Cathy Schottenstein Blog
People may believe, since I am writing a book about my grandma’s ordeal and her experience with elder abuse, that I jumped at the opportunity to support her during the actual trial. The truth is this: I wavered for weeks about getting involved in the process. Ultimately, reality and morality won over my personal reticence, and I agreed to take the stand on my grandma’s behalf and testified against the perpetrators, my two first cousins Evan and Avi. They had done our grandmother a terrible wrong. They had to be brought to justice, they had to make restitution, and they had to stop their intolerable harassment.
Although we had never been close, I am closely related to Evan and Avi. They are sons of my Uncle Bobby, my father’s younger brother. At best I have neutral memories of Evan and Avi growing up, but at many of the momentous occasions of my life—my Bat Mitzvah, my wedding, my first-born son’s bris—they were there. We share a lineage and a history, and no one wants to aid in ruining another person’s life. But they had crossed a dangerous line with heedless disregard to the consequences. Now they would have to face the music. Read more
Five years ago, my grandmother whom I call Nanny, Beverley Schottenstein, had no idea that anything nefarious was going on within her account. Though she did ask her grandsons Evan and Avi why she wasn’t receiving monthly statements, they assured her that J.P. Morgan no longer sent paper statements to their clients, and since Nanny didn’t have a computer, they said they were diligently reviewing her holdings and overall account performance on their own. They swore they were doing an incredible job, that her account was appreciating considerably, and that she was outperforming major market indexes on a regular basis. Actually, none of that was true. Both grandsons were living high on the hog with her money—she just didn’t know it yet.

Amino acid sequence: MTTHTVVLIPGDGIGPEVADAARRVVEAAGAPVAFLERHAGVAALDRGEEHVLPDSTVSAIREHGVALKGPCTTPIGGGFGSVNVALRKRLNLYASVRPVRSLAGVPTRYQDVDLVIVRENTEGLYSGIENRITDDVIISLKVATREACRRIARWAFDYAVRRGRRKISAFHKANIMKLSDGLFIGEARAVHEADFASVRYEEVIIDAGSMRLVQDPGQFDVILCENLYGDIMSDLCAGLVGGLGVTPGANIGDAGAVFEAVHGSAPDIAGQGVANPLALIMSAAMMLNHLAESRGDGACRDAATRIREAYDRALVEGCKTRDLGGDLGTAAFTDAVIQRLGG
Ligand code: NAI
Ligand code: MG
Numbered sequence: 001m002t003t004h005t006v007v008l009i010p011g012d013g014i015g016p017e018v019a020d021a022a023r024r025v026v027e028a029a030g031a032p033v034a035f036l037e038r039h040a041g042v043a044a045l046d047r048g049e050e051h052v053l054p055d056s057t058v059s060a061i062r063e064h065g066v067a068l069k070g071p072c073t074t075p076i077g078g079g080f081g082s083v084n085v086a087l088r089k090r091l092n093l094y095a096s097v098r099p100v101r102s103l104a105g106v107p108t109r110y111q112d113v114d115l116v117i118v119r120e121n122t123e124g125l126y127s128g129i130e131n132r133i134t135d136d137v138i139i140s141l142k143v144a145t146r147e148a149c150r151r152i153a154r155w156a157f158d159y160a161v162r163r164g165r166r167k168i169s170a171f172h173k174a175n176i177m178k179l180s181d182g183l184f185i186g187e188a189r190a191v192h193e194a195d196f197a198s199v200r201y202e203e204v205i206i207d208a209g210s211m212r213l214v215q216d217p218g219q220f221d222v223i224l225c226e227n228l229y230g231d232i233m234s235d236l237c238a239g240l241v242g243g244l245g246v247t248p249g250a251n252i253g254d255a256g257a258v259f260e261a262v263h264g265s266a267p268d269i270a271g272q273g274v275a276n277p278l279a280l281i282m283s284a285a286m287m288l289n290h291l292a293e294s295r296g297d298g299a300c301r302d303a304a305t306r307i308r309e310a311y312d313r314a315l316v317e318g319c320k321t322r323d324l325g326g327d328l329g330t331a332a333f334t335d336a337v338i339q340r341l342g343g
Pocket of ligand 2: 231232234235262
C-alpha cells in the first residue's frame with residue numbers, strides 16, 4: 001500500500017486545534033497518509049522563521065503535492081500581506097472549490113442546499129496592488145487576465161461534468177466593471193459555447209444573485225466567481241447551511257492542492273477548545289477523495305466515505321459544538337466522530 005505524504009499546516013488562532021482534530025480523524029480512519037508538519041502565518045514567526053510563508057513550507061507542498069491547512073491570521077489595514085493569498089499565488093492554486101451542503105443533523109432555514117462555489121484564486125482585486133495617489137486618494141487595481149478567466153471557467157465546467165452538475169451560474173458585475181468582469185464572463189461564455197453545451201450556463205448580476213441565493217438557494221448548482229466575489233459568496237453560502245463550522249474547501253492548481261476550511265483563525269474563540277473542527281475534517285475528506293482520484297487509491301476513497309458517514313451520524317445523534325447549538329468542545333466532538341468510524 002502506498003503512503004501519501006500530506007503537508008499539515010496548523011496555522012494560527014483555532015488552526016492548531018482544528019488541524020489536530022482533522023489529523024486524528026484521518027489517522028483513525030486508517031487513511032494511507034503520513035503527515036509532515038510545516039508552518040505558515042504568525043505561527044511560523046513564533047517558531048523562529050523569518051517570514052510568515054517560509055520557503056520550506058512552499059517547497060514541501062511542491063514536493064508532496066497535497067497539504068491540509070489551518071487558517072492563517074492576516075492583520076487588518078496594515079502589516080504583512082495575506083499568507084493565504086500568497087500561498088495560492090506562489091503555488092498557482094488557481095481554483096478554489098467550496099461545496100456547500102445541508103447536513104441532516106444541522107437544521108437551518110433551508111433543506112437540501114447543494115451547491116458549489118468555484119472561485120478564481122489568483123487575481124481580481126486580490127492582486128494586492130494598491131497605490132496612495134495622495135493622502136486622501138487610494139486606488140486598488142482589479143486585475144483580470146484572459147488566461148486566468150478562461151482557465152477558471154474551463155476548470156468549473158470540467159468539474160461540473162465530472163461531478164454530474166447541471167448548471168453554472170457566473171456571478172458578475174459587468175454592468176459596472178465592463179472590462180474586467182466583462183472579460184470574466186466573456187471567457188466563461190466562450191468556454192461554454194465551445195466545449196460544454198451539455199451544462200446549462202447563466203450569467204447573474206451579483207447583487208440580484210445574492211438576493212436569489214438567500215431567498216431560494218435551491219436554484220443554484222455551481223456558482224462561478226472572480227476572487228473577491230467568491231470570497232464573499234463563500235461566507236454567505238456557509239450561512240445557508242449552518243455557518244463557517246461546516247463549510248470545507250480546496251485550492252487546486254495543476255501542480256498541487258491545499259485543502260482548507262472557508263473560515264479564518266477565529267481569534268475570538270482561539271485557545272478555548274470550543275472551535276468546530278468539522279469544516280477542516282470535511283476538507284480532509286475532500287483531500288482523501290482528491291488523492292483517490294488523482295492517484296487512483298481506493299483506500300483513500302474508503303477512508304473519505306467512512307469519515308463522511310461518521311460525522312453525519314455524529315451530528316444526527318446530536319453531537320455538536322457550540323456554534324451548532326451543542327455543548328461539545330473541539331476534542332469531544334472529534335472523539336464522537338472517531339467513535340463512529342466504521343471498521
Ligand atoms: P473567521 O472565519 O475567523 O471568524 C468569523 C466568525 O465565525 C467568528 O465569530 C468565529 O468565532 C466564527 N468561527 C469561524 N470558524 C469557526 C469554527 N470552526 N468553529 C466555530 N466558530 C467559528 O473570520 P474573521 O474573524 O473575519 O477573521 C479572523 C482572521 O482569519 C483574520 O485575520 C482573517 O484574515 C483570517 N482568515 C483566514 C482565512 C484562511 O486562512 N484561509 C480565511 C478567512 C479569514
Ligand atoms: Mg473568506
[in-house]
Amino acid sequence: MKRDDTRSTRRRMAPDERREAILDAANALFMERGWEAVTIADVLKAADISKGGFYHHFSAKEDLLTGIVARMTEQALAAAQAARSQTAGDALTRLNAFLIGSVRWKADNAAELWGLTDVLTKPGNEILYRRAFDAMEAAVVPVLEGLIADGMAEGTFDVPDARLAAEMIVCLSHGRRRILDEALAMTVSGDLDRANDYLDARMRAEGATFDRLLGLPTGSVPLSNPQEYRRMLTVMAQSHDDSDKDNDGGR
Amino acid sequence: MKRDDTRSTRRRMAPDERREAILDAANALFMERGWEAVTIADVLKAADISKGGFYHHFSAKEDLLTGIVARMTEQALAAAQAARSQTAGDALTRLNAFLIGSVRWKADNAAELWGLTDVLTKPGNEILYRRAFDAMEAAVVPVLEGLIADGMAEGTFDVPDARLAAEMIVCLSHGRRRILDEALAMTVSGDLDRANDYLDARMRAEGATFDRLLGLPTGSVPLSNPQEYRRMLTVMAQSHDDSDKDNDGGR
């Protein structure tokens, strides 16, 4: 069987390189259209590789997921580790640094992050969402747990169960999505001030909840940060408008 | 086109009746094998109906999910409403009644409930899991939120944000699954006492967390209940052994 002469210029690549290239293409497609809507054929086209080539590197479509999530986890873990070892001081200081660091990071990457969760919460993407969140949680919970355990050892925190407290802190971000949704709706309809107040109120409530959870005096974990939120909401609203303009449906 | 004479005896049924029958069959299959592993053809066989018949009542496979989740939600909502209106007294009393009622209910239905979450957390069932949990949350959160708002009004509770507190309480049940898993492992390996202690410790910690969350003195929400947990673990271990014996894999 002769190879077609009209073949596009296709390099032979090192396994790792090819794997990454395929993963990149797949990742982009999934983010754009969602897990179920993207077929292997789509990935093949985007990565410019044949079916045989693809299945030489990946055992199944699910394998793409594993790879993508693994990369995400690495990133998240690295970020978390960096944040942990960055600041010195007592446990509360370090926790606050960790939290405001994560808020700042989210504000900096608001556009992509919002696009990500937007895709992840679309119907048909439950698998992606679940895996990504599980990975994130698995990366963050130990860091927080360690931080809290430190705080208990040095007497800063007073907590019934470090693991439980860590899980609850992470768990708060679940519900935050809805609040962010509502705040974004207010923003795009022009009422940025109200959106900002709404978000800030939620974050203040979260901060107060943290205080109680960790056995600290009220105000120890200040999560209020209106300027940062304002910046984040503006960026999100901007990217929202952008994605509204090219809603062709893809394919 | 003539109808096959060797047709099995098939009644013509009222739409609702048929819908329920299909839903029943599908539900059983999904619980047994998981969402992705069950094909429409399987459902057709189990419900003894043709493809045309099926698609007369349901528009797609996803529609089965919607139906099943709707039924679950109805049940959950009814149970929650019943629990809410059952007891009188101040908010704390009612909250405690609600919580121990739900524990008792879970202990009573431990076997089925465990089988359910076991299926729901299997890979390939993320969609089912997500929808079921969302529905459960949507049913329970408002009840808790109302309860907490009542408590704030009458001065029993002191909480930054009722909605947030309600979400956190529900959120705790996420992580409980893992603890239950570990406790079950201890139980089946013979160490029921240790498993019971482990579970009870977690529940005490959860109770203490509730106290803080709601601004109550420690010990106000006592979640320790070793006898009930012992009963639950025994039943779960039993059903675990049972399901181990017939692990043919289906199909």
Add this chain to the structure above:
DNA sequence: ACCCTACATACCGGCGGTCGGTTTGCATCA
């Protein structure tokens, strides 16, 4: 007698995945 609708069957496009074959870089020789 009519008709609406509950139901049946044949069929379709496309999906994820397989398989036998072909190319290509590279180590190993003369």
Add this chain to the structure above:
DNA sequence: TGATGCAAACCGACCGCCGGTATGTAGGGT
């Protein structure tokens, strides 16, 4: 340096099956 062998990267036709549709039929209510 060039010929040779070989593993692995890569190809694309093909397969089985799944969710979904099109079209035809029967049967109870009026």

In 2016 Nanny broke her hip and began looking for daily care. She asked around, and several acquaintances highly recommended a woman named Dawn Henry. Dawn was a highly experienced caretaker with several licenses and a long history of caring for the elderly. Dawn, born in Jamaica, West Indies, now lived in a lovely home in Hollywood, Florida, a thirty-minute drive from Nanny’s home, with her husband, Lance Henry, a general contractor, and her college-age son Zach. When Dawn and Nanny first met, there was an instant connection. “I fell in love with this lovely little woman immediately,” Dawn said. “I knew she was a real mensch.” Read more
Many seniors are fortunate. They are being well cared for, whether in assisted-living facilities or in their own homes, even though some may be mentally or physically compromised in their advancing years. By contrast, other vulnerable elders are being neglected, abused, isolated, and financially exploited. The sinners committing these crimes may be care facility workers, home health aides, financial advisors—or yes, sadly, even family members.
Elder abuse, which is on the rise during the COVID-19 pandemic, is an ongoing, often hidden social, cultural, and ethical problem. It affects as many as five million people each year, according to the National Center on Elder Abuse. Another non-profit watchdog organization, The National Council on Aging, lists seven aspects of elder abuse, which are often commingled: physical abuse, sexual abuse, emotional abuse, confinement, passive neglect, willful deprivation, and financial exploitation.
Being rich and famous is no protection from predators. In 2011 the Los Angeles Superior Court issued restraining orders against Chris and Christina Aber, the stepchildren of Mickey Rooney. Rooney’s lawyers claimed they emotionally abused and financially exploited the beloved actor. Rooney’s stepchildren were even accused of denying Rooney basic food and medicine. The legendary star died a few years later in 2014. Read more